In order for life to survive an oxygen-rich environment, it had to develop complex cellular repair mechanisms to handle oxygen’s reactive property. Eventually, this allowed the first multicellular life forms to evolve. Now that’s one for photosynthesis facts to remember.
Plants use two kinds of photosynthetic processes.
The C3 and C4 processes share the same process and outcome, but differ in the chemicals used to react with carbon dioxide. The C3 process uses RuBP carboxylase, while the C4 process uses PEP carboxylase.
The C3 process is more commonly used by plants and allows them to make the most of their photosynthetic abilities. However, while the C4 process is less efficient, it is less water-dependent compared to the C3 process. Thus, the C4 process is favored by plants in arid climates such as deserts.
Plants use chloroplasts to perform photosynthesis.
Aside from plant respiration, chlorophyll also give plants their distinctive green color. Chlorophyll is found inside a plant’s chloroplasts. It’s also chlorophyll that absorbs the sunlight needed for photosynthesis. Despite what some people think, chloroplasts are not cells. Instead, they are parts of a cell.
The average plant cell contains between 10-100 chloroplasts. Considering the number of cells in an average multicellular life form, a plant could have between 450,000 to 800,000 chloroplasts for every square milliliter. Definitely one of the photosynthesis facts that proves how big things can come in small packages.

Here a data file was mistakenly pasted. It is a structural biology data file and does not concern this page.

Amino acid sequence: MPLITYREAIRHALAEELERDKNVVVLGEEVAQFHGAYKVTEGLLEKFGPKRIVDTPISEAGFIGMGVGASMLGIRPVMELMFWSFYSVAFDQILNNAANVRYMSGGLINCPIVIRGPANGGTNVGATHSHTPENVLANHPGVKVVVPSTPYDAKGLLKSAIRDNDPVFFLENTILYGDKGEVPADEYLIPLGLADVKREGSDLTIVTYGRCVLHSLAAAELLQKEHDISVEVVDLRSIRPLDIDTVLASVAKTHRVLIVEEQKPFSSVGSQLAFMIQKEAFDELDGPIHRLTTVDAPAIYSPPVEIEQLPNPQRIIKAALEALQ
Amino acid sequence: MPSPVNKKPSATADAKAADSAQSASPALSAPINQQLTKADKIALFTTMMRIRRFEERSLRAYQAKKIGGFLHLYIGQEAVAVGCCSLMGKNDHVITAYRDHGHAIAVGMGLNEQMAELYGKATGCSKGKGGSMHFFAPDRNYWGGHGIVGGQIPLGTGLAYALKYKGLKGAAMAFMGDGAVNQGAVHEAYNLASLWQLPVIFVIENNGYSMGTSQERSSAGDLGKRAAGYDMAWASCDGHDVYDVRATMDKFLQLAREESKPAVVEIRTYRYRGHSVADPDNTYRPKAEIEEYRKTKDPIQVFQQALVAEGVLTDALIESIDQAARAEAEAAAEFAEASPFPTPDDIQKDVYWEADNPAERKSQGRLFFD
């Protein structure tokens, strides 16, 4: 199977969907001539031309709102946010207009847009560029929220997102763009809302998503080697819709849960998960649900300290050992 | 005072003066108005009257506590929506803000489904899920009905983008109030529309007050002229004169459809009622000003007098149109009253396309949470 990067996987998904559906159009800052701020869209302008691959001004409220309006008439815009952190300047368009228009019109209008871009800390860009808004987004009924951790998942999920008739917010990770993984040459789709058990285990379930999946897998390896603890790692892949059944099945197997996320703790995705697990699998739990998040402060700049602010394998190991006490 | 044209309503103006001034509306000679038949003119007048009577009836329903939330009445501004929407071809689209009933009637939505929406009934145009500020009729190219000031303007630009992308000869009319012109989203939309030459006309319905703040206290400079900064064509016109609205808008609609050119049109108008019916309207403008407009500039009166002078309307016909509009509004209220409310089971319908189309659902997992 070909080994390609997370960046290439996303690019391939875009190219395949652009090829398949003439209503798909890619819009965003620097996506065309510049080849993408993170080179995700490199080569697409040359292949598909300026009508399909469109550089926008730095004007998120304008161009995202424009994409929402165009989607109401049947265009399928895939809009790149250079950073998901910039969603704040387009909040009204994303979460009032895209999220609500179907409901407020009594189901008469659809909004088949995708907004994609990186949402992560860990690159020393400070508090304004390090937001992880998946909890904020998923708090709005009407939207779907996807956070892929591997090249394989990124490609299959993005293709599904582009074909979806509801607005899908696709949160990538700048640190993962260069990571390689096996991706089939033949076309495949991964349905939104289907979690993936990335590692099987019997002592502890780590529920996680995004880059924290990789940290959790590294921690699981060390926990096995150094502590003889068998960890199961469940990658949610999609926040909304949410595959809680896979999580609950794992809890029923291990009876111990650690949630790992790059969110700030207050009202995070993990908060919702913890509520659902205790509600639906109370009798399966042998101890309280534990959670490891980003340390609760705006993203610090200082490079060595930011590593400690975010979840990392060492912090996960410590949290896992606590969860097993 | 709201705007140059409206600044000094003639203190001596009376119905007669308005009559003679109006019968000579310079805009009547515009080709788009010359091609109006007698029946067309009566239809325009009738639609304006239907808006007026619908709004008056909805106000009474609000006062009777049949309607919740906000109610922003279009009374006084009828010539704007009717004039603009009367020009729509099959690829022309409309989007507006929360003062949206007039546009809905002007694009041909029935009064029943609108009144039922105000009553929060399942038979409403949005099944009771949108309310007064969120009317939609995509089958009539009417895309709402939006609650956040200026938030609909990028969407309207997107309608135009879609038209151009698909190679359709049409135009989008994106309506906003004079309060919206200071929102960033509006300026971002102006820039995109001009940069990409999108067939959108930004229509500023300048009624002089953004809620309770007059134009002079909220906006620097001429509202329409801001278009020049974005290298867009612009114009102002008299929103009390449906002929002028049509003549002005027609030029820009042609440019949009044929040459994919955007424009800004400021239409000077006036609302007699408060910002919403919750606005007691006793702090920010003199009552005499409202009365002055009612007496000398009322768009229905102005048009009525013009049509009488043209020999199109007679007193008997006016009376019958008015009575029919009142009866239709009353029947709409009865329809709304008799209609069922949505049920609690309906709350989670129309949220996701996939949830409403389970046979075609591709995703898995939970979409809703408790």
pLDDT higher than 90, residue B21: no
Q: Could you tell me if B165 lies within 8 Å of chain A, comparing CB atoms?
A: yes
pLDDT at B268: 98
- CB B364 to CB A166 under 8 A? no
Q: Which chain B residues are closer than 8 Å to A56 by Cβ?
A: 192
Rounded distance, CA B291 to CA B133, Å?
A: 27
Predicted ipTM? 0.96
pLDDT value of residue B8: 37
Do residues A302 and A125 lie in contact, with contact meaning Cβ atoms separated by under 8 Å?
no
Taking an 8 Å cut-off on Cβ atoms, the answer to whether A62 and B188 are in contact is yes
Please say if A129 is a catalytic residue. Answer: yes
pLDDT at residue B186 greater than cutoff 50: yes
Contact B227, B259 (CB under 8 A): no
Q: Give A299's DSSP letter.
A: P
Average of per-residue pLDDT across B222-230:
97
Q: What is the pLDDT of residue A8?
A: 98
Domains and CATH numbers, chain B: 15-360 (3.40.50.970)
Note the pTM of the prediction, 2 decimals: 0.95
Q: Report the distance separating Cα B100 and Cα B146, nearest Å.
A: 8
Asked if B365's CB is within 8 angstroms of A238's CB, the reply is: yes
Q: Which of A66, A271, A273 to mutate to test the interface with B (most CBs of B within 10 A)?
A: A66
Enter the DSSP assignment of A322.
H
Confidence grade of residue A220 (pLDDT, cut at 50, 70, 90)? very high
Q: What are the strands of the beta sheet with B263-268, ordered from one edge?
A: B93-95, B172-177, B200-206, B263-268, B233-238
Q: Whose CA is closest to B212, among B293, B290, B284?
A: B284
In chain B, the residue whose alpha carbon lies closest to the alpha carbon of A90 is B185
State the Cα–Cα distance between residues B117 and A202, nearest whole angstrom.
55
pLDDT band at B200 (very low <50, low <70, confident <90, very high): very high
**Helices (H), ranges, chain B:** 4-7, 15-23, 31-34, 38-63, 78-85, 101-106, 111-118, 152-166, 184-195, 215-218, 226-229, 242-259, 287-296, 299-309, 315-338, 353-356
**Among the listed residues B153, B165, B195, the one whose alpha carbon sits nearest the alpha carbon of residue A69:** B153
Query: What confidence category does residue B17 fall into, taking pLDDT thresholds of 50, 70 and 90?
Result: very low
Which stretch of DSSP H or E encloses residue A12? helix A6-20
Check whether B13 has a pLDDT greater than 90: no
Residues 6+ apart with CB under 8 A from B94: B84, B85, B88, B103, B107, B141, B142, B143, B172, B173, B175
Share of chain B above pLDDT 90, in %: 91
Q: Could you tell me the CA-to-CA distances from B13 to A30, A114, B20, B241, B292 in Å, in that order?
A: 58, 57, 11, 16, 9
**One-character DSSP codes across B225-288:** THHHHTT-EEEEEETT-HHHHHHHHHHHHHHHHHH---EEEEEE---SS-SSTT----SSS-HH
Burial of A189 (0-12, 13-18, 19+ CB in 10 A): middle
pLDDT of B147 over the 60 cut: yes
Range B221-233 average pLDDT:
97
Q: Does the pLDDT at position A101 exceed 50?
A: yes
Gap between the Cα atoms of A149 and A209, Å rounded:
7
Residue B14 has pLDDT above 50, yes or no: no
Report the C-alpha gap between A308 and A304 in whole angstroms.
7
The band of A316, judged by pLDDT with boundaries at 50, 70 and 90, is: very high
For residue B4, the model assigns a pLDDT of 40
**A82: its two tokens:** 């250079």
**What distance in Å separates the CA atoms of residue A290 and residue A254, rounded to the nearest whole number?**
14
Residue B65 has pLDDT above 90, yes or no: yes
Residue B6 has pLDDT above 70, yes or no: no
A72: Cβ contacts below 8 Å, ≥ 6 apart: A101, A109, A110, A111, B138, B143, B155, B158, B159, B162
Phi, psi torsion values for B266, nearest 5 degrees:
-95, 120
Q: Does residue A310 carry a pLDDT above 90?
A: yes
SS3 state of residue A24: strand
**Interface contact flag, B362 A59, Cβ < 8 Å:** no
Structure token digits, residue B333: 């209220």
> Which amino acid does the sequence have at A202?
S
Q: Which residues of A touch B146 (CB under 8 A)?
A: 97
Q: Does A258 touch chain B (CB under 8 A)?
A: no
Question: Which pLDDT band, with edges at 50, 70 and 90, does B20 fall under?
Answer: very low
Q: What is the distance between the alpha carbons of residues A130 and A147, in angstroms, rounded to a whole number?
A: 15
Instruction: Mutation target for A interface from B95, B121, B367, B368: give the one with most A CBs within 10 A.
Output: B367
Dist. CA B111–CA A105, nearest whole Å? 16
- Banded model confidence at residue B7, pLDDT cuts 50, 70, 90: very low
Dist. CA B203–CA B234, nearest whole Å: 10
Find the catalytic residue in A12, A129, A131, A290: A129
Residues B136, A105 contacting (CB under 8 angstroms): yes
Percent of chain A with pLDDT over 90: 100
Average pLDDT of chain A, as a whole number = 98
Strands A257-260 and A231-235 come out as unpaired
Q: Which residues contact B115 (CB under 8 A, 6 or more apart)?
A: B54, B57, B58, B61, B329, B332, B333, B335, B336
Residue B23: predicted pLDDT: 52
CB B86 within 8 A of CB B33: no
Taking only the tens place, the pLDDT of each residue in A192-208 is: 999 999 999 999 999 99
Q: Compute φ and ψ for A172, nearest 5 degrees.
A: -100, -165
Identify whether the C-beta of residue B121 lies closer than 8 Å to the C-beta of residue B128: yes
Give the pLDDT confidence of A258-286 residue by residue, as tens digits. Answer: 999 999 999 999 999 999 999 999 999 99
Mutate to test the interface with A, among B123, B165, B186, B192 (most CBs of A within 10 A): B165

Photosynthesis is not limited to using chlorophyll.
For one, red algae use phycoerythrin in their chloroplasts to absorb sunlight. This is also what gives them their red color. Brown algae and phytoplankton use fucoxanthin, which is also what gives the former their brown color. Talk about a diverse example of photosynthesis facts.
Color matters when it comes to photosynthesis.
Humans perceive color depending on wavelengths that show how much energy light has. Color results when the light of a certain wavelength gets reflected, which is then caught by our eyes. Chlorophyll is green because it reflects green wavelengths, and allows plants to absorb low-power red and high-power wavelengths.
All chloroplasts share a common ancestor.
That common ancestor is cyanobacteria, also known as blue-green algae. They’re among the oldest life forms on Earth, dating back to 2.7 billion years ago. Scientists also believe that in prehistoric times, an unknown cell consumed a cyanobacterium, and somehow gained its ability to photosynthesize. All chloroplasts today descended from that single cyanobacterium.
Some animals undergo photosynthesis.
Photosynthesis might seem like a plant’s business, but it’s not strictly the case. One example is the sea slug or Elysia chlorotica. It feeds on algae, from which it extracts chloroplasts and introduces them into its own cells. There, they photosynthesize and prove the sea slug with additional nutrition. How it’s able to do this is still not fully understood by scientists today.
Photosynthesis is a speedy process.
In fact, photosynthesis takes less than two seconds. The slowest part of the process where carbon gets turned into carbohydrates and oxygen gets released lasts barely a second. The other stages of photosynthesis – such as converting sunlight into energy and fueling chemical processes – takes only a millisecond to finish.